Lozman Will Be Argued Before the Supreme Court on October 1st

It looks like Lozman is going forward.  Arguments are scheduled for October 1st, and there is no indication from the Supreme Court that Lozman will be removed from the docket for a lack of controversy.  In fact, in supplemental briefs requested by the Court, all parties agreed that the case should go forward because a controversy does exist, even though the structure at issue (a houseboat) was destroyed.

On SCOTUSBlog, reporter Lyle Denniston prepared a thorough and thoughtful write-up of the case.  Why should the maritime community care about Lozman?  As stated by Mr. Denniston:

The case will require the Court to spell out when a floating structure qualifies, legally, as a “vessel,” such that a dispute in which it is involved must be resolved in admiralty court under special rules of maritime law.   The case has attracted the interest of the federal government, as well as of groups whose members make their living in marine industries, plus lawyers in the specialized field of maritime law, owners of houseboats, and even the operators of riverboat casinos.   They all will be affected by how the Court defines “vessel.”

Cook Lacks Seaman Status

Plaintiff, who worked as a cook on a barge, evacuated the barge because of a fire.  He injured his neck and back while jumping from the barge to a vessel.  Plaintiff sued for negligence under the Jones Act, unseaworthiness of the vessel under general maritime law, and maintenance and cure.

Defendant, Plaintiff’s employer, was a catering company that provided contract labor to perform catering services on land, fixed platforms, and vessels.  Defendant filed a Motion for Summary Judgment arguing that Plaintiff was not a seaman under the Jones Act and that his claim for maintenance and cure should be dismissed.  The parties agreed that Plaintiff met the first element for seaman status.  He served as a cook to the vessel and contributed to the function of the barge.  The issue was whether Plaintiff met the second requirement, which is that he must have a connection to a vessel in navigation or to an identifiable fleet of vessels that was substantial in both duration and nature.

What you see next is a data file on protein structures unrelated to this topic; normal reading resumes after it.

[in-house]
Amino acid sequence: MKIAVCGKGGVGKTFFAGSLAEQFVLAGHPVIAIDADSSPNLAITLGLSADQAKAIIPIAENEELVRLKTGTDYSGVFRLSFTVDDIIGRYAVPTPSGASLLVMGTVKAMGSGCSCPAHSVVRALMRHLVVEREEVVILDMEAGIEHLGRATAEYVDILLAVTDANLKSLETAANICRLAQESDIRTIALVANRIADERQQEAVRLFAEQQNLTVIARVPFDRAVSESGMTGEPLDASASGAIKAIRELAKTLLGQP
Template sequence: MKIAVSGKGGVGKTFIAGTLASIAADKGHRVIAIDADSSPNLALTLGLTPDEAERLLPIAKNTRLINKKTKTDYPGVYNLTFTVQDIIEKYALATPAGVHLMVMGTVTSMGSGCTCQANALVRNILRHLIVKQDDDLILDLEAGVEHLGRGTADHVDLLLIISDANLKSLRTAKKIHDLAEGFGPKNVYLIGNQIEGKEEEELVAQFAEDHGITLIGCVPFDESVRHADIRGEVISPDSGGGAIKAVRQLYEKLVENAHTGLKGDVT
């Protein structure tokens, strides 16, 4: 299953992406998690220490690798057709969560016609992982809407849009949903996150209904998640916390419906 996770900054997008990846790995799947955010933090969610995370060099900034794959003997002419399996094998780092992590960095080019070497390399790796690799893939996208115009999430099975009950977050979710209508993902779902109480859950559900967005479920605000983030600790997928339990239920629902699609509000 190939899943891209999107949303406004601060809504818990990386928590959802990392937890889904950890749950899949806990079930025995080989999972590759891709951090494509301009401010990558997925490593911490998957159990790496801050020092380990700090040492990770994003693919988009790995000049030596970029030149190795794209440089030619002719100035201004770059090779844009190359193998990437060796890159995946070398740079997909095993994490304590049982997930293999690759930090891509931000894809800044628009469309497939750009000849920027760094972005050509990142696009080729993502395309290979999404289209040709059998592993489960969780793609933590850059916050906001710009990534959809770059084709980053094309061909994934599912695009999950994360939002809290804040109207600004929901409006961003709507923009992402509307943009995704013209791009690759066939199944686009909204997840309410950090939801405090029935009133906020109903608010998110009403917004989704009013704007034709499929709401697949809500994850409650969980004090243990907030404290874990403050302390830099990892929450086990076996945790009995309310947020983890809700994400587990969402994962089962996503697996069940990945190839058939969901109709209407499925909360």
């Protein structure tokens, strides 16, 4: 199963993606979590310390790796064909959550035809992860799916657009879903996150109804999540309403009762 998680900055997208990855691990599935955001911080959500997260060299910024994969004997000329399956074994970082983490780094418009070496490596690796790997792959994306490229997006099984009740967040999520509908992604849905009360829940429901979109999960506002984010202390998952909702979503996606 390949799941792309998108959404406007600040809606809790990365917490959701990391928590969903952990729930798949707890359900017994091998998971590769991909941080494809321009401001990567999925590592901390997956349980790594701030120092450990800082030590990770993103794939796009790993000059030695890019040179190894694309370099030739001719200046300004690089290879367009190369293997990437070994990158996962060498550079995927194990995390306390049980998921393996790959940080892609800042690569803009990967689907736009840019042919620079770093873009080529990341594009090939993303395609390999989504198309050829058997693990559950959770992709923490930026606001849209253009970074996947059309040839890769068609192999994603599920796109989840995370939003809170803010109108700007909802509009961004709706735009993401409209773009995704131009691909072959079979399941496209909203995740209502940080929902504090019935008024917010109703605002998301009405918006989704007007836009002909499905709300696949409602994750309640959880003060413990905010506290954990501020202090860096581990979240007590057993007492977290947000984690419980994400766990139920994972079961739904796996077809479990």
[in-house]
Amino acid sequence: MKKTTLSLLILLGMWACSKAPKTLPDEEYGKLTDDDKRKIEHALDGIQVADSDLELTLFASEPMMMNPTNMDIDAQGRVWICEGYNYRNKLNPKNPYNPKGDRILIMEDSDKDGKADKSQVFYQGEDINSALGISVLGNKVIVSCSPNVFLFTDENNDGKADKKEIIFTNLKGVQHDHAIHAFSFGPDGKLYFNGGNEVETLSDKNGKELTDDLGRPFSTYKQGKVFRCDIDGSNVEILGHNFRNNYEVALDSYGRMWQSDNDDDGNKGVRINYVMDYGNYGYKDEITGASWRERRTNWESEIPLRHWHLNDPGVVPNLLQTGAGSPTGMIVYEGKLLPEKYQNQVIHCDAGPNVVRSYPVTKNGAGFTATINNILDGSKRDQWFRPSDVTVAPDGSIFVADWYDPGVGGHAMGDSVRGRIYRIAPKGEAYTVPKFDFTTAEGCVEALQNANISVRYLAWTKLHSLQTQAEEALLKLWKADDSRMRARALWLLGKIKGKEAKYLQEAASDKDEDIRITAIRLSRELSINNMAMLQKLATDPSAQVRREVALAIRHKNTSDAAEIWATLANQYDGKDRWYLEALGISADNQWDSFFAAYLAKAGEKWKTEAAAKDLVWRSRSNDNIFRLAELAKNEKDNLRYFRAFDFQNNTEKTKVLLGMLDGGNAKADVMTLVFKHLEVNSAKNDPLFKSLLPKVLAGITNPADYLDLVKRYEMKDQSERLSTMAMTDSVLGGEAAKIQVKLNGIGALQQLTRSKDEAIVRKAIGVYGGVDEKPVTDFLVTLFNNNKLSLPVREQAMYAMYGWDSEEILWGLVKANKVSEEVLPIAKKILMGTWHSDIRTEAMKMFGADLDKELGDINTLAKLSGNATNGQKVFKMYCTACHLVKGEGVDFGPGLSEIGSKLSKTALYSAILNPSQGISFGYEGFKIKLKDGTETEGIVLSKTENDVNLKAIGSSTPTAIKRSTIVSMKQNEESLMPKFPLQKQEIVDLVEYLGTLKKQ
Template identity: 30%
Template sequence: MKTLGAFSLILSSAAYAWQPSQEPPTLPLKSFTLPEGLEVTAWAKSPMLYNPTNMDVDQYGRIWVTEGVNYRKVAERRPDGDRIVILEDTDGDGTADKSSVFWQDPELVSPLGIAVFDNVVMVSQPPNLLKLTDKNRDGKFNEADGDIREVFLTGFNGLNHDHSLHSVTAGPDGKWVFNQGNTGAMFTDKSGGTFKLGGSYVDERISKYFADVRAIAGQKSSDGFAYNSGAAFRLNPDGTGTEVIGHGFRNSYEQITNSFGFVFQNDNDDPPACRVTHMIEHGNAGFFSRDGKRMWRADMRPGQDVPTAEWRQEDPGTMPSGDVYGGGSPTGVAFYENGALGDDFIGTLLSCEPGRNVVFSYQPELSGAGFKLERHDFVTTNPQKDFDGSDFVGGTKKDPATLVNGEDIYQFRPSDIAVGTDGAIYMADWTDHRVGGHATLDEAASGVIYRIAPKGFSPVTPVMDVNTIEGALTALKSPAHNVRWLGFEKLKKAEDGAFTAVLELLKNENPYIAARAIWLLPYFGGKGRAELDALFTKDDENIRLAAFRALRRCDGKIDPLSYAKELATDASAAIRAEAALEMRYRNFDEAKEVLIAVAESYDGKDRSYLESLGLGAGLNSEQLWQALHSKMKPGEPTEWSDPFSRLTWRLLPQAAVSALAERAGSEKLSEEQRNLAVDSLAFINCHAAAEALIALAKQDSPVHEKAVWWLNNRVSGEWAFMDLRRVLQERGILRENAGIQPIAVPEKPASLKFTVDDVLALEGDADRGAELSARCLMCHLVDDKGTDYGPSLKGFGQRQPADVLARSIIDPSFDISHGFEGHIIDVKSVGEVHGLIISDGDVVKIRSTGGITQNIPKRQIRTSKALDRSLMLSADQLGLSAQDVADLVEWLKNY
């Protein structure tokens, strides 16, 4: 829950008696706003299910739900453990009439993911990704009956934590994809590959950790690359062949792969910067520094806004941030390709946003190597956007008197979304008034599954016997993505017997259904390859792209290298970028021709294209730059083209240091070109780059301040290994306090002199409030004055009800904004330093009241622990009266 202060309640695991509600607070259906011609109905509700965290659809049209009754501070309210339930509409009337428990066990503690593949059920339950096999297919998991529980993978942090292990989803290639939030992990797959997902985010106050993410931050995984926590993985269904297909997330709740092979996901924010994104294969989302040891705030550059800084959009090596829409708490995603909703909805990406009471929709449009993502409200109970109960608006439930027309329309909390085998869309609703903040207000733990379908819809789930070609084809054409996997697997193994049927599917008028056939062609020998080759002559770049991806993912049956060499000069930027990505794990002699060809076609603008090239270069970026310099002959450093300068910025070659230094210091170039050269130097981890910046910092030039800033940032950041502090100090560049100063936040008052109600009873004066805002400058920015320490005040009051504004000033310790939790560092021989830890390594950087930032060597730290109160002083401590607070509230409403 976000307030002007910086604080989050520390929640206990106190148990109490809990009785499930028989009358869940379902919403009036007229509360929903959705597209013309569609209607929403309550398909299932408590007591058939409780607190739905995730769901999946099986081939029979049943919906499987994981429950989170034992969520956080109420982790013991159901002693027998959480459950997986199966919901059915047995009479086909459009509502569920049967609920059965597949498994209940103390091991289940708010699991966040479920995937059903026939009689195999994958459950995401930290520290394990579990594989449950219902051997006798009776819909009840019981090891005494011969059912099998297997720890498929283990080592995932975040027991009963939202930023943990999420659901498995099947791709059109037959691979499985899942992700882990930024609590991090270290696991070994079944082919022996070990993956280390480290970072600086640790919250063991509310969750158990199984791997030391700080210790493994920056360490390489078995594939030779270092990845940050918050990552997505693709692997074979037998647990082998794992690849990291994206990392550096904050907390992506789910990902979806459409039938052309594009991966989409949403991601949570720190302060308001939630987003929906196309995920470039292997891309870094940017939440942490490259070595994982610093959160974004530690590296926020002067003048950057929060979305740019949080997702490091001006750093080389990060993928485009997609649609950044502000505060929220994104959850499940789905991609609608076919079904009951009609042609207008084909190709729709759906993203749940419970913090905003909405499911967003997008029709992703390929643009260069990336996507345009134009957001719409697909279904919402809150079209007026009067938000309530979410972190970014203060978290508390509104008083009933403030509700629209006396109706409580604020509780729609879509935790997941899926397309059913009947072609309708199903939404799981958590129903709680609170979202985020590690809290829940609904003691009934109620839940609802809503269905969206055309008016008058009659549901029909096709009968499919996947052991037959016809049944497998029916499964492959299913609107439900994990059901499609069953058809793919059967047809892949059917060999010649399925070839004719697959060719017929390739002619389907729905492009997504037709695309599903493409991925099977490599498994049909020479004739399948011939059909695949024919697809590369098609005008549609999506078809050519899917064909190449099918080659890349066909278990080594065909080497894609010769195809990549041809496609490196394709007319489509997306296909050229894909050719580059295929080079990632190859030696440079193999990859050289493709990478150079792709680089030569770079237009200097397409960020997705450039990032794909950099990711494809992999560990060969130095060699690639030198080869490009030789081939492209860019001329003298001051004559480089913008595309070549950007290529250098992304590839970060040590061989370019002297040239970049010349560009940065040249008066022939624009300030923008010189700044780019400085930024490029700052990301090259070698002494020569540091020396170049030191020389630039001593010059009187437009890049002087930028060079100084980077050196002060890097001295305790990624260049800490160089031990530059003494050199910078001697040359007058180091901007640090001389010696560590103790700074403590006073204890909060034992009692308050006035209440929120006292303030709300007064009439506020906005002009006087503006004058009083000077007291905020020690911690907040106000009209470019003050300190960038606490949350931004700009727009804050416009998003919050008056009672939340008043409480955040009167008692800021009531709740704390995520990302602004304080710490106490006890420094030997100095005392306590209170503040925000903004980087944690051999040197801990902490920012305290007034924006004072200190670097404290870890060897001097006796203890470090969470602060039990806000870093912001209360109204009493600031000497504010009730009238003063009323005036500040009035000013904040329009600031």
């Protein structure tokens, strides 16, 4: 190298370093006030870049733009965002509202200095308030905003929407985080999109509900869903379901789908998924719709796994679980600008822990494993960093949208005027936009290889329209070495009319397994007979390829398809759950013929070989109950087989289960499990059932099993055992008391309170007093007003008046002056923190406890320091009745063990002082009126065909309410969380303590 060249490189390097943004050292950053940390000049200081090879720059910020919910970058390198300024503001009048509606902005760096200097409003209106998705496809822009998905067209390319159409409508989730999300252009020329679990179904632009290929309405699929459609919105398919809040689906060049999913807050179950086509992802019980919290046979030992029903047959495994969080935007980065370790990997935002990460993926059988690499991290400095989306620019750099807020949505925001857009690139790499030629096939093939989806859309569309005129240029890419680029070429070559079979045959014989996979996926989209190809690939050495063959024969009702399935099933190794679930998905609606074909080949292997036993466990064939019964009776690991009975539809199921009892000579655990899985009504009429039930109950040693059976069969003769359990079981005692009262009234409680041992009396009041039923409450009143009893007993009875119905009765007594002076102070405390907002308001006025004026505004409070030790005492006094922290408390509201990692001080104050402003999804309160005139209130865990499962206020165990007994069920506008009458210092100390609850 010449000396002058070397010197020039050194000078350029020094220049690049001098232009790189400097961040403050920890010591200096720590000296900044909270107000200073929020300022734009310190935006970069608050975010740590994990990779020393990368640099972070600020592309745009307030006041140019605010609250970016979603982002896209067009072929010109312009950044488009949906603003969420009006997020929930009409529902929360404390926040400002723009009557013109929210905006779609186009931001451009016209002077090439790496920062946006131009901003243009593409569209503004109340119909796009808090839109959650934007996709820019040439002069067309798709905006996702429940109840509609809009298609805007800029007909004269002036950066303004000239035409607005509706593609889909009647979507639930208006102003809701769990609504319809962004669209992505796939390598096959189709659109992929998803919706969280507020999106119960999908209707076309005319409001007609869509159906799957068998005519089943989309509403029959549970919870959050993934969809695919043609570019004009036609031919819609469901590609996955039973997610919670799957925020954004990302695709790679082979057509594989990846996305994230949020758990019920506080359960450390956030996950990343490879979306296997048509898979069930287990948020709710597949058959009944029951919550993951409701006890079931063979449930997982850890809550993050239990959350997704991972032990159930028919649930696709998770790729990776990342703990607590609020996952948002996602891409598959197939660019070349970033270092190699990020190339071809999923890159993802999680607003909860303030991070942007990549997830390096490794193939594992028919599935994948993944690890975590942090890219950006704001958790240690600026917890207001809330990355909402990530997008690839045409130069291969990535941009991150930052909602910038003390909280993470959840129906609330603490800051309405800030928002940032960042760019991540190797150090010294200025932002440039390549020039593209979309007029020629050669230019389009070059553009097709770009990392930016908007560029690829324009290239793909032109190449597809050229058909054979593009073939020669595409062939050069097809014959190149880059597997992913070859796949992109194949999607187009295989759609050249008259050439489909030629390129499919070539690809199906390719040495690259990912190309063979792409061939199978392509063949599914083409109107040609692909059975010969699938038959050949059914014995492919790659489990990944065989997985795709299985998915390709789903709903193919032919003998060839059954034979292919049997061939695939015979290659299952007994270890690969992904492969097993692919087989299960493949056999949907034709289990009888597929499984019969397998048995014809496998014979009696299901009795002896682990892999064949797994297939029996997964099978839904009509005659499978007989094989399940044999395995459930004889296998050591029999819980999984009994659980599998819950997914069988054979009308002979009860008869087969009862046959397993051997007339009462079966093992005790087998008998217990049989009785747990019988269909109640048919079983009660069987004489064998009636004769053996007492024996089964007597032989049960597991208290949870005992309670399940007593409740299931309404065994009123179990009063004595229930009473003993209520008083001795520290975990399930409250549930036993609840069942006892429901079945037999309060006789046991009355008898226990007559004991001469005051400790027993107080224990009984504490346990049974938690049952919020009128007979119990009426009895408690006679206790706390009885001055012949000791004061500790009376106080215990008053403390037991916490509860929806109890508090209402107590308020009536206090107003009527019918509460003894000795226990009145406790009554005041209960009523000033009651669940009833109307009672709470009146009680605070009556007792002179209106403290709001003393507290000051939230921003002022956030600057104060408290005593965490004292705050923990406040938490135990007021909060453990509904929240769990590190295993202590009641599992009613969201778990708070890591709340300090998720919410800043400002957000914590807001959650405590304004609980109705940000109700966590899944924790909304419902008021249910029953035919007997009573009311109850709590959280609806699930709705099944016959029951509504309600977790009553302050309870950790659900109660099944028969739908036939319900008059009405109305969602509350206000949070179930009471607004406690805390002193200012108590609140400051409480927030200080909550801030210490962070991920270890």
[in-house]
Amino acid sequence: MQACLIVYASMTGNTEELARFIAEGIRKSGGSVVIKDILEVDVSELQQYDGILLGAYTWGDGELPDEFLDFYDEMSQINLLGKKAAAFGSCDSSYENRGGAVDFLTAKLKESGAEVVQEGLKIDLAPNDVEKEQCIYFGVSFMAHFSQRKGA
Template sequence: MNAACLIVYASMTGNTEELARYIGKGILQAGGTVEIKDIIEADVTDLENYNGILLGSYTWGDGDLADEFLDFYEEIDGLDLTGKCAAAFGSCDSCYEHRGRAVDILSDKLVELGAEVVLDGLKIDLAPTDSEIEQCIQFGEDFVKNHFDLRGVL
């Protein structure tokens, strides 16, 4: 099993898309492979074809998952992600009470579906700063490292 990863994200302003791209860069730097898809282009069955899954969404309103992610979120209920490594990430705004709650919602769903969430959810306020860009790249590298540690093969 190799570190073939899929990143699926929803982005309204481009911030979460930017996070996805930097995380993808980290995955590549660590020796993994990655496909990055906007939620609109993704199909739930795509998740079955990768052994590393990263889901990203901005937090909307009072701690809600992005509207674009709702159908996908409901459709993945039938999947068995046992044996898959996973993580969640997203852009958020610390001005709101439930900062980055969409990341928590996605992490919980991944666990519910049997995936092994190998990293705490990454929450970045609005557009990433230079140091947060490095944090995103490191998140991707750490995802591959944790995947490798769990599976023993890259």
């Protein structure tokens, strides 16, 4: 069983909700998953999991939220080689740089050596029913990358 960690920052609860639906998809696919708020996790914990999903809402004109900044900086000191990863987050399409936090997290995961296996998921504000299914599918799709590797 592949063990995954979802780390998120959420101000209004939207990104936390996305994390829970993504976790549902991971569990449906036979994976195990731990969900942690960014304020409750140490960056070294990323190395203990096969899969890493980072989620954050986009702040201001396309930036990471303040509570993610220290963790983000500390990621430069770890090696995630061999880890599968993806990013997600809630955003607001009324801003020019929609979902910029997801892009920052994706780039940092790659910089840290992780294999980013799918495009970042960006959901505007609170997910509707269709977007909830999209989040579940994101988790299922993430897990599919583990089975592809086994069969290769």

Defendant submitted evidence that none of their employees were permanently assigned to any vessel or identifiable fleet of vessels.  Further, Defendant showed that its employees were given only short term assignments on various land-based facilities, platforms and vessels.  The Court found that the position for which Plaintiff was hired was comprised of short-term assignments in various locations, including land-based facilities, platforms and vessels.  The Court therefore held that Plaintiff failed to meet his burden of establishing that he was a Jones Act seaman and granted Defendant’s Motion for Summary Judgment.

Ray v. Coastal Catering, LLC, 2012 WL 4210295 (E.D. La. 2012).

Eleventh Circuit Rejects Employer’s Rooker-Feldman, Claim Preclusion and Res Judicata Arguments

Franklin Vazquez, a Jones Act seaman, suffered injuries when a gas-powered tool exploded in his hands while working.  He filed suit against his employer in Florida state court but his case was eventually dismissed under Florida’s doctrine of forum non conveniens.  Vasquez later brought identical claims in federal district court.  The district court concluded that under principles of res judicata and collateral estoppel, Vasquez was barred from litigating the facts relevant to his federal maritime claims.  The district court ultimately dismissed the case based on federal forum non conveniens and the Rooker-Feldman doctrine.